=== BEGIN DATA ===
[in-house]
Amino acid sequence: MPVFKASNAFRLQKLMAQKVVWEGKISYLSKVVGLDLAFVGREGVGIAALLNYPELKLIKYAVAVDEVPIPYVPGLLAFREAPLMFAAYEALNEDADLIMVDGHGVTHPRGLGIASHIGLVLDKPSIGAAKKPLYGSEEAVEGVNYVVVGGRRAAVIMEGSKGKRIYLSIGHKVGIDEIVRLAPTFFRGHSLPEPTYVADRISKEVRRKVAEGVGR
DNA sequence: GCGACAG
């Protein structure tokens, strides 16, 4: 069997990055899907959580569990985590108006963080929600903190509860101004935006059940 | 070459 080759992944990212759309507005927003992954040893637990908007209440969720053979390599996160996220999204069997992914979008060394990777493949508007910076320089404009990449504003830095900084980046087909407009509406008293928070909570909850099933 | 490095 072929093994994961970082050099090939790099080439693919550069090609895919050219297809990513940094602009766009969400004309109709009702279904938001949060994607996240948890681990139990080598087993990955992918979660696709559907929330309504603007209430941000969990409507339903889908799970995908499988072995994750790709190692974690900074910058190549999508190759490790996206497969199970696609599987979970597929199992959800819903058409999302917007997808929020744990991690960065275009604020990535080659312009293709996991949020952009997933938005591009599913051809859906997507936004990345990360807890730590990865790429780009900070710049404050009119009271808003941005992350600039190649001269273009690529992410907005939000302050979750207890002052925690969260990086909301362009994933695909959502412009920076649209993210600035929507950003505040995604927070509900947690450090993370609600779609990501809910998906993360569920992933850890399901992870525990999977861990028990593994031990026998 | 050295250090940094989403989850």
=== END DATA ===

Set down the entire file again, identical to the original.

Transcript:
[in-house]
Amino acid sequence: MPVFKASNAFRLQKLMAQKVVWEGKISYLSKVVGLDLAFVGREGVGIAALLNYPELKLIKYAVAVDEVPIPYVPGLLAFREAPLMFAAYEALNEDADLIMVDGHGVTHPRGLGIASHIGLVLDKPSIGAAKKPLYGSEEAVEGVNYVVVGGRRAAVIMEGSKGKRIYLSIGHKVGIDEIVRLAPTFFRGHSLPEPTYVADRISKEVRRKVAEGVGR
DNA sequence: GCGACAG
């Protein structure tokens, strides 16, 4: 069997990055899907959580569990985590108006963080929600903190509860101004935006059940 | 070459 080759992944990212759309507005927003992954040893637990908007209440969720053979390599996160996220999204069997992914979008060394990777493949508007910076320089404009990449504003830095900084980046087909407009509406008293928070909570909850099933 | 490095 072929093994994961970082050099090939790099080439693919550069090609895919050219297809990513940094602009766009969400004309109709009702279904938001949060994607996240948890681990139990080598087993990955992918979660696709559907929330309504603007209430941000969990409507339903889908799970995908499988072995994750790709190692974690900074910058190549999508190759490790996206497969199970696609599987979970597929199992959800819903058409999302917007997808929020744990991690960065275009604020990535080659312009293709996991949020952009997933938005591009599913051809859906997507936004990345990360807890730590990865790429780009900070710049404050009119009271808003941005992350600039190649001269273009690529992410907005939000302050979750207890002052925690969260990086909301362009994933695909959502412009920076649209993210600035929507950003505040995604927070509900947690450090993370609600779609990501809910998906993360569920992933850890399901992870525990999977861990028990593994031990026998 | 050295250090940094989403989850």